AUSTIN, Texas (CN) – Heirs to a 1767 Spanish land grant in what is now Texas claim the state revoked their land patent illegally in 1874 and they want it back, with mineral rights.
The Galan Family Trust sued Texas, its General Land Office and Commissioner George P. Bush, and the Texas School Land Board in Travis County Court.
Spain gave Joaquin Galan a tract of land known as the Palafox Grant, about 43 miles northwest of Laredo. It consisted of 21 million square varas on the east bank of the Rio Grande in what is now Webb County.
A vara is a Spanish unit of distance that was used in Texas land grants. One vara is about 33-1/3 inches. One million square varas is about 177.1 acres. The Palafox grant, then, was about 3,720 acres.
The Texas State Historical Association describes the Palafox Villa as a failed settlement in Coahuila that Spain granted to Mexican settlers during the early nineteenth century. Coahuila is the Mexican state across the river from Laredo.
The Spanish government wanted a new town established along the Rio Grande. It was named Palafox in honor of the Spanish general Francisco de Palafox y Melci, who fought Napoleon’s forces in Spain. The Historical Association says Galan received a royal land grant sometime before 1804.
Texas was briefly a republic, from 1836 to 1846. The United States annexed it in 1845 and it became a state on Dec. 29 that year. The Spanish-American War ended in 1848 with the Treaty of Guadalupe Hidalgo, granting the United States immense tracts of land in the modern Southwest – a sizable part of what then was Mexican territory.
In 1850, the Texas government established the Bourland-Miller Commission to investigate Spanish and Mexican land grants in the trans-Nueces region of the state.
The Nueces River, which runs roughly parallel to the Rio Grande about 50 miles north of it, was considered by Mexico as the southern border of Texas. The Republic of Texas, and the United States, disagreed, and put the border at the Rio Grande.
Claimants had to give the Bourland-Miller Commission evidence of their right to title, and the commission would recommend to the governor whether to confirm or deny the title.
If approved, the claimants would obtain a survey of the grant, file the grant with the General Land Office, and have the grant placed on a county survey map.
“On February 10, 1852, the Texas Legislature passed a bill recognizing the Galan Spanish land grant to Palafox and relinquishing all interest therein,” the Galan Family Trust says in the July 10 complaint.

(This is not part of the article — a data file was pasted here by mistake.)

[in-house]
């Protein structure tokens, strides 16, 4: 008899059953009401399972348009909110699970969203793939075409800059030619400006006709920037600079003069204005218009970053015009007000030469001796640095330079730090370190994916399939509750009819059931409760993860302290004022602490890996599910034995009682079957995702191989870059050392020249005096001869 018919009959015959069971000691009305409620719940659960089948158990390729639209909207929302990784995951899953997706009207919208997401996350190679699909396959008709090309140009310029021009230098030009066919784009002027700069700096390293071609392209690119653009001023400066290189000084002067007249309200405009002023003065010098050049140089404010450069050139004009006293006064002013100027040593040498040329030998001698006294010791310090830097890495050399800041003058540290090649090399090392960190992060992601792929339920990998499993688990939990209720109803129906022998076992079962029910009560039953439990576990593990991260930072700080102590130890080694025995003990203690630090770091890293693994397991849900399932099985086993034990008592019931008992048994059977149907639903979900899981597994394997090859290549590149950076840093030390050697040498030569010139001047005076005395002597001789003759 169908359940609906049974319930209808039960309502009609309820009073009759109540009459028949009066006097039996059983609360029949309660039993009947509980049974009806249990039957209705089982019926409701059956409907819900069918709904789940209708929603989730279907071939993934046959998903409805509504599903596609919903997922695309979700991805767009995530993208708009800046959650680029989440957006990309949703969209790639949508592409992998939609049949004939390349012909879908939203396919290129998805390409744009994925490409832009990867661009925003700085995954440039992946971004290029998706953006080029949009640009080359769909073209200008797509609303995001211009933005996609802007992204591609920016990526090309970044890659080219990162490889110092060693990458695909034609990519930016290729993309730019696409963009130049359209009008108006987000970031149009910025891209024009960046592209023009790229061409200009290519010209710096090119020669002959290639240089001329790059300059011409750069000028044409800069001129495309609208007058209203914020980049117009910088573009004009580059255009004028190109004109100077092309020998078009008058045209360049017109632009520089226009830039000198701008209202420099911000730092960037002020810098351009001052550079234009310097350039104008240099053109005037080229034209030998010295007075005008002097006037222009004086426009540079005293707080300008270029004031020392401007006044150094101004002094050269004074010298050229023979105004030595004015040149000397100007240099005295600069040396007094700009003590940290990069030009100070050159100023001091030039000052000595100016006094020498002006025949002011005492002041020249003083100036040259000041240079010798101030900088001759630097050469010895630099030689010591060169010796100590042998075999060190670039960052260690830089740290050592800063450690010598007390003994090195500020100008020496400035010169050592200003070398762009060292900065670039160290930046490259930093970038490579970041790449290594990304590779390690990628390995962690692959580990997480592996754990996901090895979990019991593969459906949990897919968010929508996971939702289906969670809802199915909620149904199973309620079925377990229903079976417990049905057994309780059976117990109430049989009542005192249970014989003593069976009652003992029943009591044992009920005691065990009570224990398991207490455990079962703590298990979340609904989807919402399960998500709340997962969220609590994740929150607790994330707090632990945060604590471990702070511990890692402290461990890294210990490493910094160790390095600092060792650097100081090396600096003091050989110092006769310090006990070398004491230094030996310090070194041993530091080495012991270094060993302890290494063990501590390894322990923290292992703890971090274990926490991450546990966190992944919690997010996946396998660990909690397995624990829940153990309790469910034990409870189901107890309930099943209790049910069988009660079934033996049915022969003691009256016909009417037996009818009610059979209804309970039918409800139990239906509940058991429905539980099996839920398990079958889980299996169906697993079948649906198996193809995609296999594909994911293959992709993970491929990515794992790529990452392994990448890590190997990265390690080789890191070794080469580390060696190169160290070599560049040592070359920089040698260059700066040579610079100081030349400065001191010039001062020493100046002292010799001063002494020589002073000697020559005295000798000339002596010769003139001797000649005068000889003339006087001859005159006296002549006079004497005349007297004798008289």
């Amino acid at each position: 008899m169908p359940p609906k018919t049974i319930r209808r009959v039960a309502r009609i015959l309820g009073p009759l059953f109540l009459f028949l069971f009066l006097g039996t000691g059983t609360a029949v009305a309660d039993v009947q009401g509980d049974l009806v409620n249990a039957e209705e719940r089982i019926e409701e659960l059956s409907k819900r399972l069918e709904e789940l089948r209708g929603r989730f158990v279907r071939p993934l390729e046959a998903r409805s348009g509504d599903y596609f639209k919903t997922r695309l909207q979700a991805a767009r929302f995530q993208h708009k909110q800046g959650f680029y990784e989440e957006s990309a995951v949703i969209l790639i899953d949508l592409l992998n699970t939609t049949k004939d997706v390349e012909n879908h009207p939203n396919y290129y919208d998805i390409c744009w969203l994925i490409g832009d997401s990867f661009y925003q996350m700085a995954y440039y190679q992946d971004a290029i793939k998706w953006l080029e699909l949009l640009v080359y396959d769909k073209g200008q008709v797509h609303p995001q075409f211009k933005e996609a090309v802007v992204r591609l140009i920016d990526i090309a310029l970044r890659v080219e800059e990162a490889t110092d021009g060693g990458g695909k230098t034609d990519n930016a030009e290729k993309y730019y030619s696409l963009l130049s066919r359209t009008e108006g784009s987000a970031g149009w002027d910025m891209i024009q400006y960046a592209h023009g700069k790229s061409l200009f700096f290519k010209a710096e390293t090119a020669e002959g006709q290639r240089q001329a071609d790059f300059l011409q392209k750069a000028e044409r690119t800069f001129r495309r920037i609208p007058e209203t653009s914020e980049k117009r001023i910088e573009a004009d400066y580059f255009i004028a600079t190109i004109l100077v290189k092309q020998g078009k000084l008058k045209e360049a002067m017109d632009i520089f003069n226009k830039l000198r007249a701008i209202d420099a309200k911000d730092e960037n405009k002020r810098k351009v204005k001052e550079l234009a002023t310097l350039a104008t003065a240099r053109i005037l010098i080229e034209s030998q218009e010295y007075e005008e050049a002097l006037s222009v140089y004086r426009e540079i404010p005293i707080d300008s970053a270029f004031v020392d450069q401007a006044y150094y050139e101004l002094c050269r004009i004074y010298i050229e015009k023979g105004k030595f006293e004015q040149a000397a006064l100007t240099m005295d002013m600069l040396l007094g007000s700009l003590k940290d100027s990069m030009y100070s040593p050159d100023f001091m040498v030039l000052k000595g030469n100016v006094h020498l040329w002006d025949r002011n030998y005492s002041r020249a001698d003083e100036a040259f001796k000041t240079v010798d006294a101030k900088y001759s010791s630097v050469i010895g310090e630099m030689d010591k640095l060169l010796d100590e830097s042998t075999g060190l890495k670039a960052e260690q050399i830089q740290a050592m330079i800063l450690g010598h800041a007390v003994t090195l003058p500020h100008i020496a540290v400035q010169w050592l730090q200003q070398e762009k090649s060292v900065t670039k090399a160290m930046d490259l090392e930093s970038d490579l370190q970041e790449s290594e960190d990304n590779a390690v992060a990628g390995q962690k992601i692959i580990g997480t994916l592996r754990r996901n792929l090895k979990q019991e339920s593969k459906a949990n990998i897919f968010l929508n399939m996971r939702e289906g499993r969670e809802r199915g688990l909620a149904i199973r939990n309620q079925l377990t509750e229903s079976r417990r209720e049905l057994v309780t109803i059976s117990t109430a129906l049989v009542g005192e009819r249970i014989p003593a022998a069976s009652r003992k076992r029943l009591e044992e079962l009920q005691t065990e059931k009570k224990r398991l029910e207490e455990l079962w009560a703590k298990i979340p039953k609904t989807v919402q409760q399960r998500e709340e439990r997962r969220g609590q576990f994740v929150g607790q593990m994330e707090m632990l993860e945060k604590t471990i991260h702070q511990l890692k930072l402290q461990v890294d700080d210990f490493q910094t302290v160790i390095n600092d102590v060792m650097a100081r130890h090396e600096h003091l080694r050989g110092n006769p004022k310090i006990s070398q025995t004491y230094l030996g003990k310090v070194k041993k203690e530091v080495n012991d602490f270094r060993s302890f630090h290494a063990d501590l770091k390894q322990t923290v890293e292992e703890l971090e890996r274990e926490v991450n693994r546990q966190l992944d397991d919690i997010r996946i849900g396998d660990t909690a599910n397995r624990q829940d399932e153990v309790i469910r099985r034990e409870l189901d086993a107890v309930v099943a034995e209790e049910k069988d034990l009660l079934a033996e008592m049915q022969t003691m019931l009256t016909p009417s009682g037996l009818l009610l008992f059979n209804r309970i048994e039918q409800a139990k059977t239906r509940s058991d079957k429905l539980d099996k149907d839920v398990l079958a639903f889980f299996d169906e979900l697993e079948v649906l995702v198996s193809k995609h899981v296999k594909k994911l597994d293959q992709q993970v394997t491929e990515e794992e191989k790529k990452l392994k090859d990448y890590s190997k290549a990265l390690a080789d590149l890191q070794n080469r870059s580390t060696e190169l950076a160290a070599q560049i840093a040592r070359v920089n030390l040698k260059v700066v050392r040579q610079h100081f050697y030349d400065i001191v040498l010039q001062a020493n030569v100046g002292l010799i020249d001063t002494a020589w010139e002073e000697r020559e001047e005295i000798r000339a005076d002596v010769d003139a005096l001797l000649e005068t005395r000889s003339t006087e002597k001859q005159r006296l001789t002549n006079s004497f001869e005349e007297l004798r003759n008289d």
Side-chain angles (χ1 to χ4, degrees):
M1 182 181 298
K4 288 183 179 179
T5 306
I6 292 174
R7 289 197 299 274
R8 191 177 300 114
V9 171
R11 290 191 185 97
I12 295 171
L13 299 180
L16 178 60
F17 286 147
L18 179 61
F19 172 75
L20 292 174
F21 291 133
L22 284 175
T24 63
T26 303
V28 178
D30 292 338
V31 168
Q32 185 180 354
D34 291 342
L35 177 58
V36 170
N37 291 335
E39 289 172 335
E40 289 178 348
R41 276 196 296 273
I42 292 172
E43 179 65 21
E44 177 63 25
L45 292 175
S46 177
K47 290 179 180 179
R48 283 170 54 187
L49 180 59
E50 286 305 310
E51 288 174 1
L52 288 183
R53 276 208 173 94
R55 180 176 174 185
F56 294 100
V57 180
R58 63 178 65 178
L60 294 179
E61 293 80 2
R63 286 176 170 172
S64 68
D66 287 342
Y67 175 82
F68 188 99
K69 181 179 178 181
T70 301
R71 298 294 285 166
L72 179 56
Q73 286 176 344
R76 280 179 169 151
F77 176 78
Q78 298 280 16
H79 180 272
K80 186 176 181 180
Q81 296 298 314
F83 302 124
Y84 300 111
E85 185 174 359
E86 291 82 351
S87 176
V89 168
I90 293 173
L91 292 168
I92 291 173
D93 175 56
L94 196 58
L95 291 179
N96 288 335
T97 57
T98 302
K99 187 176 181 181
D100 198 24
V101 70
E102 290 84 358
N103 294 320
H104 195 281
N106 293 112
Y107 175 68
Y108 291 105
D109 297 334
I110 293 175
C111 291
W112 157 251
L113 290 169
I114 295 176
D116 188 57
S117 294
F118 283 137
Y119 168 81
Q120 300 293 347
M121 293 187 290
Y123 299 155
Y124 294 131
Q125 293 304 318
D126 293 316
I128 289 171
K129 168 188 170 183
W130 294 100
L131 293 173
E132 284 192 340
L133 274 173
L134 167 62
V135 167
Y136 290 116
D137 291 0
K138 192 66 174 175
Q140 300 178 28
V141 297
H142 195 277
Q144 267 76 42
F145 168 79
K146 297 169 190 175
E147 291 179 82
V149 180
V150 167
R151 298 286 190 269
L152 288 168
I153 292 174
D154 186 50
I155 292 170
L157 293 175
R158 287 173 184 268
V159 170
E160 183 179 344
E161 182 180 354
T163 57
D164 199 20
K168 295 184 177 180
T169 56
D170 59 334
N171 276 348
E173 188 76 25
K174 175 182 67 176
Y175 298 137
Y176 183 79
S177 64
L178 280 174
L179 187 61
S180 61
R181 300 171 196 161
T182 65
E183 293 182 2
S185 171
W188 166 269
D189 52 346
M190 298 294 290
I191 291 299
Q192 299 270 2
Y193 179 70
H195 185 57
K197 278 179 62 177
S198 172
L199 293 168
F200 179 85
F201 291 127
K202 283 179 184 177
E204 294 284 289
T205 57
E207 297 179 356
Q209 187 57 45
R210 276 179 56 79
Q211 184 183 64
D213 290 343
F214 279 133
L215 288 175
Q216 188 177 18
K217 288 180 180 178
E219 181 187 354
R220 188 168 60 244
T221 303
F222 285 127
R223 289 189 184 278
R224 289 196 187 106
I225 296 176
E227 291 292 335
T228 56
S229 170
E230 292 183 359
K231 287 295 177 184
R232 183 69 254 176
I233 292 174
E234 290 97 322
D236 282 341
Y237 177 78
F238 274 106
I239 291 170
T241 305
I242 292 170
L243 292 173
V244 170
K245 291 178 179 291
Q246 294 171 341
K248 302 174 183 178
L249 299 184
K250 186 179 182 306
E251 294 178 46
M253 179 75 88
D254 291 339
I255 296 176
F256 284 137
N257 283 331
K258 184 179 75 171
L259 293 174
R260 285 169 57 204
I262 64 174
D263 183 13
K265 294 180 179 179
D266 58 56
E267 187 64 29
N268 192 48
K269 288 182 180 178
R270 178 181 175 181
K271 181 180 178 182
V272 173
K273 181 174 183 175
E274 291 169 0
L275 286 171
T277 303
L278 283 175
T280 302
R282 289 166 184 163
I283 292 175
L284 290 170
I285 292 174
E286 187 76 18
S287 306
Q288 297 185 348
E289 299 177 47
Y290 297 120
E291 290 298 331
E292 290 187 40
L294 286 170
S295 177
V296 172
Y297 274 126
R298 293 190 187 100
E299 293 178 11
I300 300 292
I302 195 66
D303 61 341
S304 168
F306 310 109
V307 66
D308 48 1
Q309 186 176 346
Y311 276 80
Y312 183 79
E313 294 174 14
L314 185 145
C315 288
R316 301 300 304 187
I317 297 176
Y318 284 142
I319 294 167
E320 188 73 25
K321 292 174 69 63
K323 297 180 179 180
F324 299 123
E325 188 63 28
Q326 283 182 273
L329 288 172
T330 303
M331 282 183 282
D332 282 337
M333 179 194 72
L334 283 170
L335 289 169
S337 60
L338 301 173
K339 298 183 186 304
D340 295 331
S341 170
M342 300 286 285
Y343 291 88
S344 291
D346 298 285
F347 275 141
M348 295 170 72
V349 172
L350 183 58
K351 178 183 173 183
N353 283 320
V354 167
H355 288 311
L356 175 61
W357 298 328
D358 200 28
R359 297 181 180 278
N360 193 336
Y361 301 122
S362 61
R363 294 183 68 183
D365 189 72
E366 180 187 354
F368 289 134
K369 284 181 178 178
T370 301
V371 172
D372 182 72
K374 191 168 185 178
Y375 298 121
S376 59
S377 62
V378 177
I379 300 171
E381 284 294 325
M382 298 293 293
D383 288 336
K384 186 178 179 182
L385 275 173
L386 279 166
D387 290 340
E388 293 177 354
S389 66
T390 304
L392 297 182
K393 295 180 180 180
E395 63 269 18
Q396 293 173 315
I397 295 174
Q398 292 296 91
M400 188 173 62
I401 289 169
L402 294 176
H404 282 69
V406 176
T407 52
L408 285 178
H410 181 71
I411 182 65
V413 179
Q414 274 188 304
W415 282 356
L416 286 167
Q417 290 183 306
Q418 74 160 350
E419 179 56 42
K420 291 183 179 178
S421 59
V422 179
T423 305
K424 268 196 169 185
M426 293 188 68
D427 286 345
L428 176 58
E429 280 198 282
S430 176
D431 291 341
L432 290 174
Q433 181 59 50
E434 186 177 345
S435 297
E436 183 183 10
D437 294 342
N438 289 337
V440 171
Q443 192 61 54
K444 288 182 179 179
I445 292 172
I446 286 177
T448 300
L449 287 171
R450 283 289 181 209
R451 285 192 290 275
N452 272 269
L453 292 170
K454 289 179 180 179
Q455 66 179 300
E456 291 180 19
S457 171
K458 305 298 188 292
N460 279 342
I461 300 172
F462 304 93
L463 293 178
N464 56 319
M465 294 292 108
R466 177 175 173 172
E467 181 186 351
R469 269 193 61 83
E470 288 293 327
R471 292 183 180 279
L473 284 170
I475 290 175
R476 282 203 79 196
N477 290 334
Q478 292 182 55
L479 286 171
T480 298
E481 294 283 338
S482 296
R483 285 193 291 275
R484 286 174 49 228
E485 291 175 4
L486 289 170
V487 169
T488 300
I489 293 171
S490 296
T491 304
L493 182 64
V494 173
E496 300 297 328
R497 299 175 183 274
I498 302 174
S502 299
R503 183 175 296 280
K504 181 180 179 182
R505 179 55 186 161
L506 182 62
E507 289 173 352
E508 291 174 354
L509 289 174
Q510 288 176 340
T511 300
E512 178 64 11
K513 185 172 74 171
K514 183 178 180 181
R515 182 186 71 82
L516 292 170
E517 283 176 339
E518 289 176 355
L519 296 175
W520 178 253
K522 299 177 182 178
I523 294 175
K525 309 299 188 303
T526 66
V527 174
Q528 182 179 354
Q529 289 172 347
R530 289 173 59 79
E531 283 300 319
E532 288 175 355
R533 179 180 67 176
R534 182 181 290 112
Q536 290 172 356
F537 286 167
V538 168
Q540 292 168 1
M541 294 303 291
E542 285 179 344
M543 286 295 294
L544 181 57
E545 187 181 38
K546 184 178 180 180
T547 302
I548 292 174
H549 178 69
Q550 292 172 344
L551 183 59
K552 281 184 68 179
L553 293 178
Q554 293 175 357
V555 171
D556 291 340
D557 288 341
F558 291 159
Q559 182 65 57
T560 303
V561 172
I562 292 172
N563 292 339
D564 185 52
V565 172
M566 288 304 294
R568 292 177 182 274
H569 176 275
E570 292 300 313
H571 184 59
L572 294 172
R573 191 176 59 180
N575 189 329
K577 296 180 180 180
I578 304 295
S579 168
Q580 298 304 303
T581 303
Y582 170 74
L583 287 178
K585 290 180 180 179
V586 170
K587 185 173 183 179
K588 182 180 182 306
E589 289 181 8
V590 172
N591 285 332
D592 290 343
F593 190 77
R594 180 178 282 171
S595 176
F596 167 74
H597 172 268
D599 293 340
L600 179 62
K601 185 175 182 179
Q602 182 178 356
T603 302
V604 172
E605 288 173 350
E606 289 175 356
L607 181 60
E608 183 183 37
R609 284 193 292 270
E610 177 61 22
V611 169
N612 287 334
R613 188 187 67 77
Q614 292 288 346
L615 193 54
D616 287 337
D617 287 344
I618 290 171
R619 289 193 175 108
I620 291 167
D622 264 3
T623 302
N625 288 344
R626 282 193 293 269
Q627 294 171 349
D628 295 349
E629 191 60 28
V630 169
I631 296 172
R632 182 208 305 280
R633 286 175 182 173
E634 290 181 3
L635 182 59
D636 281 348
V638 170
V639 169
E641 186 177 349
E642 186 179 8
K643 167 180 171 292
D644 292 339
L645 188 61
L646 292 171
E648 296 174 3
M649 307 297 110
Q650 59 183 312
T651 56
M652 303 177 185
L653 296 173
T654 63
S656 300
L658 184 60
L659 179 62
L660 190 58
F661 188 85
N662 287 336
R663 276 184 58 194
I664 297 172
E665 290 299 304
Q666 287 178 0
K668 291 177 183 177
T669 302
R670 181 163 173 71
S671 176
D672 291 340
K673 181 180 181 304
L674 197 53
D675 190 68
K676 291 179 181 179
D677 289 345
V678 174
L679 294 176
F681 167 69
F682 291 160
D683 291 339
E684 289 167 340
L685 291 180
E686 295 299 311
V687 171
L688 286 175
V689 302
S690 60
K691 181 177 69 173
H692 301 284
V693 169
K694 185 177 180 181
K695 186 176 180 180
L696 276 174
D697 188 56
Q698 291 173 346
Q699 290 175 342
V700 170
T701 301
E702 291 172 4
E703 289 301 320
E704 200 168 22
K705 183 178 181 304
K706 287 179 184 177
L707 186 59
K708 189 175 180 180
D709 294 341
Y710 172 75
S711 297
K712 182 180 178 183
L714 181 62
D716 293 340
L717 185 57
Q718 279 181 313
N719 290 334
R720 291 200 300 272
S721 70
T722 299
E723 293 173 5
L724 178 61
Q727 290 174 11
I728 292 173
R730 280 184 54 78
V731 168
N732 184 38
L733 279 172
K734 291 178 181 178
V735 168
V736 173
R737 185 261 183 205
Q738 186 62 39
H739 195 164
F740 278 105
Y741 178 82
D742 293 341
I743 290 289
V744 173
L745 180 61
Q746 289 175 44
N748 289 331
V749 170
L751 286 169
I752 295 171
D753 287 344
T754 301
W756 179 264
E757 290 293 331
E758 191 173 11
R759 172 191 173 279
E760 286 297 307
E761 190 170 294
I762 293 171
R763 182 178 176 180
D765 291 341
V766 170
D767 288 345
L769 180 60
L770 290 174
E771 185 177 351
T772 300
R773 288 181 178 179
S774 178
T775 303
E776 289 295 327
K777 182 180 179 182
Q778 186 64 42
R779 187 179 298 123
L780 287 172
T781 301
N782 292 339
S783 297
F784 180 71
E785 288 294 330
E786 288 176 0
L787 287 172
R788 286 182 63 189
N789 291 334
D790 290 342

The district surveyor placed the grant on the 1859 County Survey Map, which is on file with the General Land Office. In May of 1870, Texas Governor Edmund J. Davis executed a patent in favor of the Galan heirs for the Palafox.
But on Jan. 13, 1874, Texas “canceled or revoked the 1870 patent, without benefit of a judicial proceeding,” the Galans say, and the family’s property “was taken without due process of law.”
The state still claims ownership of mineral rights under much of the Palafox Grant, which the Galan Trust contests. It claims it still has possession and/or royalty interest in the property and the minerals under it, which Texas seized illegally.
“Defendant receives royalty payments under certain oil, gas, and mineral leases with various companies. Defendant has refuted the claim that plaintiff owns the minerals,” the complaint states.
Mary Garza, spokeswoman for the Galan family, told Courthouse News: “The Galan family has cause to believe that the mineral estate of this land parcel still belongs to the family, and has placed it in the hands of the court for an answer.
“We are working with the State of Texas for a resolution because we believe that ownership changed without following the judicial process. Presently, the State of Texas claims ownership.”
The General Land Office said it does not comment on pending litigation.
The Galan Trust seeks to recover its mineral estate interest in the property, plus royalties paid to the state from production of oil, gas and any other minerals from it.
The family is represented by Keith Bradley and Kirsten Holmes, of Cleburne.
Fights over Spanish land grants in the Southwest are not uncommon. If the claimants have enough money, the legal process can drag on for decades. They usually – but not always – are decided in favor of the modern states.
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